Post menopause is defined as the time after menopause. The medical profession defines menopause as when you have not menstruated for a whole 12 months, others sometimes refer to it as the female mid life crisis. Thereafter, you remain post menopausal until the end of your life, effectively meaning, the end of periods, fertility and menopause. Some women see this as a very positive time and look forward to getting the most out of the second half of their lives. No birth control, no periods, no PMS.
We are all different so the age range when a woman becomes postmenopausal is between late 40s to early 60s with an average of 51/52 years. Women can also become postmenopausal at an earlier age due to medical intervention such as removal of her ovaries or health conditions such as stress and obesity.
What does post menopause really mean? The definitive answer is that your ovaries have formally shut down as reproductive organs – no more menstrual periods.
In most cases, at this stage, your body has become familiar with declining levels of hormones and the perimenopausal symptoms you had before actual menopause will lessen considerably and will eventually disappear.
What can you expect Post Menopause?
- Changes to the vagina (dryness, itching, pain during sex, general discomfort)
- Aches and pains in the joints
- Urinary problems (recurrent urinary tract infections, bladder incontinence)
- Hot flushes/flashes and/or night sweats
- Poor memory and/or difficulty concentrating
- Mood changes (tiredness, depression, anxiety, irritability)
You can find out more information on the above symptoms here.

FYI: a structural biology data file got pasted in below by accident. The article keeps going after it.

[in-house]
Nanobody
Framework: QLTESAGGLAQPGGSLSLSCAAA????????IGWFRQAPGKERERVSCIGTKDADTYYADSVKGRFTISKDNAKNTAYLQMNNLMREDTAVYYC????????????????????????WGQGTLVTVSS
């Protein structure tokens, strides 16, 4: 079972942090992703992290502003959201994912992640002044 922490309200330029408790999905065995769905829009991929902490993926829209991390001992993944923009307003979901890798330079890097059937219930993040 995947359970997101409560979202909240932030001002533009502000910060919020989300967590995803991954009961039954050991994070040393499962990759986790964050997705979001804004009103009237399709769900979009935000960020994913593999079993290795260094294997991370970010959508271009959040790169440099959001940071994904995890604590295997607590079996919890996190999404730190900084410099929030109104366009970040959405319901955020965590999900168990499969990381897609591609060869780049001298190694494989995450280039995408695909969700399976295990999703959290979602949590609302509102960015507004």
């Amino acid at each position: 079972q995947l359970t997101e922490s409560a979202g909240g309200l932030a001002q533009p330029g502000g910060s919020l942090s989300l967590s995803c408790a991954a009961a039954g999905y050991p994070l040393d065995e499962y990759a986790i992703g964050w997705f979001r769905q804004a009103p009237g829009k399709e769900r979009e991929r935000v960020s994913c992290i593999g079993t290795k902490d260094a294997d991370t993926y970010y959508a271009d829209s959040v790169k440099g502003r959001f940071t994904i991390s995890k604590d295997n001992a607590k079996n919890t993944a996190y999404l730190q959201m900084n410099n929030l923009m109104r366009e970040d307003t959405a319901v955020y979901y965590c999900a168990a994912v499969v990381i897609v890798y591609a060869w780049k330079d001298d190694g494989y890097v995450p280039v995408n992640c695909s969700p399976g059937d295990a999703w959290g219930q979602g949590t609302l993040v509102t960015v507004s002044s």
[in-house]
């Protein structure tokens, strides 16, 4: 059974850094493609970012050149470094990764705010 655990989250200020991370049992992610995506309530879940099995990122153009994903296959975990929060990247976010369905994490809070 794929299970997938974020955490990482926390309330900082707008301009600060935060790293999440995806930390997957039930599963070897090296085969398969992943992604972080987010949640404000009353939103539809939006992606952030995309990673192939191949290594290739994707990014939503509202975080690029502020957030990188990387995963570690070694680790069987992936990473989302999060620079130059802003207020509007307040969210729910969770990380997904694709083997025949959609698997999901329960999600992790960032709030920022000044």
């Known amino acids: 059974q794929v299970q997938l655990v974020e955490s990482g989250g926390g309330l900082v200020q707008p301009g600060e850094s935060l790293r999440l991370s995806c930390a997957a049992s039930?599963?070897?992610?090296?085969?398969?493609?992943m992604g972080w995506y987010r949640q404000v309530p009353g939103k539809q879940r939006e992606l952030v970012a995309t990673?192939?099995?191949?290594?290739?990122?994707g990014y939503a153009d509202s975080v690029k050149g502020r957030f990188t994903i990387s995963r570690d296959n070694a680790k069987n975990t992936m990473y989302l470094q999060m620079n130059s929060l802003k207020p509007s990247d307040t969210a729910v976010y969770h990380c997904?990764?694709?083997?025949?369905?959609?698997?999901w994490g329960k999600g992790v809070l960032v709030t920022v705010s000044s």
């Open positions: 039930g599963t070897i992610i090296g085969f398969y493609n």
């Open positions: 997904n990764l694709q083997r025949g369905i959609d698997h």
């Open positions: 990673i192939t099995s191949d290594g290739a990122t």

Should you experience post menopausal bleeding, this may or may not be a cause for concern, however, you should consult your healthcare professional immediately.
What Causes Postmenopausal Symptoms?
A decrease in estrogen levels. When you enter puberty you produce more estrogen, however, as your reproductive years diminish so does your estrogen production. Even after menopause, women still produce a weak form of estrogen known as estrone. This is made in the fat cells and adrenal glands, so women who are slightly overweight tend to experience fewer menopausal symptoms than those who are underweight. That is not an excuse to accept middle-aged spread, but if your are struggling with a ‘few’ stubborn extra pounds it may be as well to accept them. Any more than a few extra pounds and your are putting yourself in the firing line for other weight related conditions such as Type 2 diabetes.
A decrease in progesterone close to zero. Progesterone is one of the primary hormones needed for your reproductive years. Progesterone plays an important role in ovulation, but drops to almost zero when you are no longer ovulating.
Testosterone. Although primarily the male sex hormone, it appears in women in small amounts and helps to create a stronger interest in sexual activity around the time of ovulation. In postmenopausal women testosterone does not decrease as much as estrogen and progesterone – resulting in testosterone levels being higher than the female sex hormones – this can sometimes lead to women having a deeper voice or noticeable facial hair. Female testosterone is also important for maintaining sex drive, energy and bone and muscle strength.
Post Menopause Treatment